Calibre is a great tool to create ebooks such as EPUB format. I sometimes convert ODT format to EPUB format so that I can read some documents on my Android phone, using FBReader.
Recently I downloaded some PDF ebooks. And when trying to read from laptop, it causes eyestrain. Unlike journal articles, a journal article usually uses the layout of two columns. More columns mean that the text has narrower “width”, and it helps reader to track the line easily.
Another problem is the background colour. PDF viewer like Evince (from Linux) by default is using white background. The contrast of the font colour (black) and background colour causes eyestrain as well. Though Evince provides dark mode, it doesn’t help, as the contrast is still high. I tried to use Foxit Reader, which allows customization on the background colour. Yet, wide text is hard for reader to track the line.
Finally, I found that Calibre E-Book Viewer is the best one. The only drawback is the styling of the PDF is not retained. Nevertheless, the advantages are: custom font size, custom background colour, and custom text width according to the window. Besides that, it provides sepia light (yellowish colour) as one of the options for the reader. It is so far the best ebook reader that I found.
In my previous post, I mentioned about running Firefox in Android, that allows adblock.
However, Firefox in iPhone (iOS) doesn’t allow install adblock extension. So, I tried an alternative solution, and found Brave browser. Brave has built-in adblock. It helps browsing experience more focus.
However, if using Brave, there is a weird behaviour when the default setting of the cookie is “Only block cross-site cookies”. This causes HTTP request header for the Referer changed. And this will break some websites if the website is doing HTTP Referrer check. To solve this issue, the only solution is to change the cookie setting to “Allow all cookies”.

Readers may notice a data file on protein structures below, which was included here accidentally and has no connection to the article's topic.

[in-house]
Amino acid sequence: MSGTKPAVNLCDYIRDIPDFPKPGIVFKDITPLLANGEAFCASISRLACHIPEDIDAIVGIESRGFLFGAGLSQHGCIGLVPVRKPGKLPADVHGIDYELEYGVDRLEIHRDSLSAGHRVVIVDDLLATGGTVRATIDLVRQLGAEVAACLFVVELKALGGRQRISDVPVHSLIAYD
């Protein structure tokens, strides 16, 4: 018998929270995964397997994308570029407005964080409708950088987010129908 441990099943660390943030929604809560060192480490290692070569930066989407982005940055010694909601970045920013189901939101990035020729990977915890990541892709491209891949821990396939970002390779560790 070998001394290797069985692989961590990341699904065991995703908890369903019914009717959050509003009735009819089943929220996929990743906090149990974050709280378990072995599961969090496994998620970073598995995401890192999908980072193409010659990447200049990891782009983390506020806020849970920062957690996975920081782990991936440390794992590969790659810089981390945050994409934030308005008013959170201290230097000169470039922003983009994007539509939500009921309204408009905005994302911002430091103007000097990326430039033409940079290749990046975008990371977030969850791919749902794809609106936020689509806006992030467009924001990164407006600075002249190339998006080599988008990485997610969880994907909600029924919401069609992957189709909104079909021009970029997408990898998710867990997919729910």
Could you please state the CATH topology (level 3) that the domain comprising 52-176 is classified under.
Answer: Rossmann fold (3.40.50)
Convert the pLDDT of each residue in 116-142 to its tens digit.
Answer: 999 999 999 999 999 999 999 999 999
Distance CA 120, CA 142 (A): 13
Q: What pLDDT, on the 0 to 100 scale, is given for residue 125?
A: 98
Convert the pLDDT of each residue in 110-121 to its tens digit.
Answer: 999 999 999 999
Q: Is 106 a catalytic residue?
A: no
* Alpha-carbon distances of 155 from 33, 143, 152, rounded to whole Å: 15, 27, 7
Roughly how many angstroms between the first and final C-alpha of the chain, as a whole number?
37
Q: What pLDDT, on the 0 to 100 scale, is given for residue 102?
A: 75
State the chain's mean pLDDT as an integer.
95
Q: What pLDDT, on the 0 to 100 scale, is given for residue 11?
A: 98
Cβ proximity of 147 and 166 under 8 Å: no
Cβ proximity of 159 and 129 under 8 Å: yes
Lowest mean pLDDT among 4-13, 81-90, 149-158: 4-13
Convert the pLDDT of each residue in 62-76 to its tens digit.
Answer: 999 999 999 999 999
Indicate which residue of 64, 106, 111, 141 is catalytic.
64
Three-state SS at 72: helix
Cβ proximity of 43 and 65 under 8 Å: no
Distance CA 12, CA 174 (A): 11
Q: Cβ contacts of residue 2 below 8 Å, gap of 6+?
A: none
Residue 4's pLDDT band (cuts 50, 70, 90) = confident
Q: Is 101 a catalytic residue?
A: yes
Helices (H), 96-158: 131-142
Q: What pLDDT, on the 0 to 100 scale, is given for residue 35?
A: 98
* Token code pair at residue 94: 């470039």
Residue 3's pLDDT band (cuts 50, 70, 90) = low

P/S: Alternatively and also recommended, we can click on the Shield icon on the Address Bar, then “Allow all cookies” for the specific site, so that the setting is site specific instead of allowing all cookies globally.
I have been using Wunderlist for several years. It is my favourite apps as it is free, supports synchronization across devices, supports Android and Chrome extension.
Unluckily, it is going to shut down in May 2020, as it is superseded by Microsoft To Do.
Though Microsoft To Do supports Android and web, it doesn’t support Chrome extension.
There is a great difference of using webpage and a browser extension. The former is when visiting the page, the browser will download the HTML, CSS, and JS then run the web app; the latter is to download the HTML, CSS, and JS as an extension, and run the extension to use the RESTful (or JSON) API directly, without re-downloading the page as the former. This also means, the latter is faster than the former.
Microsoft To Do allows import all the data from Wunderlist. But if import twice, the data will be duplicated. Whatever it is, Wunderlist is definitely going to be replaced.
Recently, I tried to install Firefox in Android. I found that it is worth to be used. Chrome was my primary Android web browser. But some websites are full of advertisements, which affect my browsing experience. Especially the advertisement that overlays the whole page.
In order to resolve this, I tried to install uBlock Origin to Chrome. But it is not compatible to Android. That’s why, I tried Firefox.
The drawback of Firefox is, it is slower comparing to Chrome. Especially the case that when I try to open a URL from the other apps, Firefox will damn slow to open the URL. And there is a website with a lot of JS errors, it freezes the Firefox, but Chrome has no issue.